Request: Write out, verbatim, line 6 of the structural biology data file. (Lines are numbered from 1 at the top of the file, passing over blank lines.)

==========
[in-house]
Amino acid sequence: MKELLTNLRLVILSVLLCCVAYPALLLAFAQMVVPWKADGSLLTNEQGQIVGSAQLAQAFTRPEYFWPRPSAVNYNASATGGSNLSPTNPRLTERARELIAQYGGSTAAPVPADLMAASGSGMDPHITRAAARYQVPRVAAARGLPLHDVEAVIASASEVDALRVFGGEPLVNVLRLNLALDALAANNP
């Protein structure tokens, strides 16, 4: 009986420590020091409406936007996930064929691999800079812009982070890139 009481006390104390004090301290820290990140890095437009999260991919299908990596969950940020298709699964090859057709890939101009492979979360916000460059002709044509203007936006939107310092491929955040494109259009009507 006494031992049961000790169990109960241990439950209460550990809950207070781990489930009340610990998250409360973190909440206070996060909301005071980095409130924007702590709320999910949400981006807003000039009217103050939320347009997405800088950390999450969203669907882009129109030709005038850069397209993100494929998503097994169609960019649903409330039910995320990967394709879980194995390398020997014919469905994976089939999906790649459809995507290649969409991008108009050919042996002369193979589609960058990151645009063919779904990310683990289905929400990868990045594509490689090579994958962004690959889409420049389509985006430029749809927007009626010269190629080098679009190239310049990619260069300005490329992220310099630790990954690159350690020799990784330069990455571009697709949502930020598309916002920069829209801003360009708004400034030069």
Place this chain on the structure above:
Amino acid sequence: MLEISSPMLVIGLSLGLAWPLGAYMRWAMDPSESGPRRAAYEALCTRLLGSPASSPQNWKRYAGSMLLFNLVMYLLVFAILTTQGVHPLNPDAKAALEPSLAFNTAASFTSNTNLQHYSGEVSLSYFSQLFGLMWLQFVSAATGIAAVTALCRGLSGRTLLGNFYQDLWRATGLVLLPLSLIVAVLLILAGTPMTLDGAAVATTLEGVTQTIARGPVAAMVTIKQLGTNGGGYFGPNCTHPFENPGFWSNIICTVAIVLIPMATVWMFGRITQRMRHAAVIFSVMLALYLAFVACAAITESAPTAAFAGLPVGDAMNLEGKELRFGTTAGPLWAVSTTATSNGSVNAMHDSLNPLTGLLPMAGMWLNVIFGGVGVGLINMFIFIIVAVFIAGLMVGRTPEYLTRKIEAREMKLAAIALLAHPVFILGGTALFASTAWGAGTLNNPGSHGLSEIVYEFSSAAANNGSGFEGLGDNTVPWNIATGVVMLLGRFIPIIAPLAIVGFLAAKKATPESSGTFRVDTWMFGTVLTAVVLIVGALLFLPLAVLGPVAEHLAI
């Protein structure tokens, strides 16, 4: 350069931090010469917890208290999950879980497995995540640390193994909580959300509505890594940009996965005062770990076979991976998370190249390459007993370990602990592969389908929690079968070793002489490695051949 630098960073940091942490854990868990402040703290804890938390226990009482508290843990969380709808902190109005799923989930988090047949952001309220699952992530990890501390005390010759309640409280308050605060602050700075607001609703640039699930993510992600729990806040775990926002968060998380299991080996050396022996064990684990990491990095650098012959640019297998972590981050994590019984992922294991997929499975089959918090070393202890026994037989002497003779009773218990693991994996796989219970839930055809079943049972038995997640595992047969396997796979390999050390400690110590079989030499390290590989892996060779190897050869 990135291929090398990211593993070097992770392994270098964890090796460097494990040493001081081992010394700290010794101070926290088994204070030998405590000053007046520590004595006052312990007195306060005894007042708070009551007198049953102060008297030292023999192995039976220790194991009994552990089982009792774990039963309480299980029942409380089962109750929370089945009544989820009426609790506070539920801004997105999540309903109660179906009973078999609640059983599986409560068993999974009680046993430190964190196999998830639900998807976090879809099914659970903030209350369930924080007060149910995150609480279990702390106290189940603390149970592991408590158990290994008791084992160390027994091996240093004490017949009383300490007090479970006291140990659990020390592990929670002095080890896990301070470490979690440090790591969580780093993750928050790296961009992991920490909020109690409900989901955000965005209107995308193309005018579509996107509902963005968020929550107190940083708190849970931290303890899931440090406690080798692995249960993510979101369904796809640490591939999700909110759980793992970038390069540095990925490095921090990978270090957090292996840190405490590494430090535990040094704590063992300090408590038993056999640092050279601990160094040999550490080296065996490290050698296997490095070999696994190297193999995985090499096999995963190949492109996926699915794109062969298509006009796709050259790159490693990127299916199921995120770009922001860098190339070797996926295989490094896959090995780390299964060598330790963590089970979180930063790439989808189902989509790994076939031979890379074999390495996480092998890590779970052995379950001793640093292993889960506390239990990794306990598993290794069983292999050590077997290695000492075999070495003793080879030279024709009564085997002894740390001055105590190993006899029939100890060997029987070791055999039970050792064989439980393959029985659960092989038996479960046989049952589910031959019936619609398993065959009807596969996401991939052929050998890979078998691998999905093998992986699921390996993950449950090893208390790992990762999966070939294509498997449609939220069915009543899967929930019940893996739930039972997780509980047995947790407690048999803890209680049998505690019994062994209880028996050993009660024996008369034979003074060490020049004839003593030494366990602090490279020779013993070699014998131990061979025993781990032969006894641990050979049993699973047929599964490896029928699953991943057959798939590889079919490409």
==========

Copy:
């Protein structure tokens, strides 16, 4: 350069931090010469917890208290999950879980497995995540640390193994909580959300509505890594940009996965005062770990076979991976998370190249390459007993370990602990592969389908929690079968070793002489490695051949 630098960073940091942490854990868990402040703290804890938390226990009482508290843990969380709808902190109005799923989930988090047949952001309220699952992530990890501390005390010759309640409280308050605060602050700075607001609703640039699930993510992600729990806040775990926002968060998380299991080996050396022996064990684990990491990095650098012959640019297998972590981050994590019984992922294991997929499975089959918090070393202890026994037989002497003779009773218990693991994996796989219970839930055809079943049972038995997640595992047969396997796979390999050390400690110590079989030499390290590989892996060779190897050869 990135291929090398990211593993070097992770392994270098964890090796460097494990040493001081081992010394700290010794101070926290088994204070030998405590000053007046520590004595006052312990007195306060005894007042708070009551007198049953102060008297030292023999192995039976220790194991009994552990089982009792774990039963309480299980029942409380089962109750929370089945009544989820009426609790506070539920801004997105999540309903109660179906009973078999609640059983599986409560068993999974009680046993430190964190196999998830639900998807976090879809099914659970903030209350369930924080007060149910995150609480279990702390106290189940603390149970592991408590158990290994008791084992160390027994091996240093004490017949009383300490007090479970006291140990659990020390592990929670002095080890896990301070470490979690440090790591969580780093993750928050790296961009992991920490909020109690409900989901955000965005209107995308193309005018579509996107509902963005968020929550107190940083708190849970931290303890899931440090406690080798692995249960993510979101369904796809640490591939999700909110759980793992970038390069540095990925490095921090990978270090957090292996840190405490590494430090535990040094704590063992300090408590038993056999640092050279601990160094040999550490080296065996490290050698296997490095070999696994190297193999995985090499096999995963190949492109996926699915794109062969298509006009796709050259790159490693990127299916199921995120770009922001860098190339070797996926295989490094896959090995780390299964060598330790963590089970979180930063790439989808189902989509790994076939031979890379074999390495996480092998890590779970052995379950001793640093292993889960506390239990990794306990598993290794069983292999050590077997290695000492075999070495003793080879030279024709009564085997002894740390001055105590190993006899029939100890060997029987070791055999039970050792064989439980393959029985659960092989038996479960046989049952589910031959019936619609398993065959009807596969996401991939052929050998890979078998691998999905093998992986699921390996993950449950090893208390790992990762999966070939294509498997449609939220069915009543899967929930019940893996739930039972997780509980047995947790407690048999803890209680049998505690019994062994209880028996050993009660024996008369034979003074060490020049004839003593030494366990602090490279020779013993070699014998131990061979025993781990032969006894641990050979049993699973047929599964490896029928699953991943057959798939590889079919490409």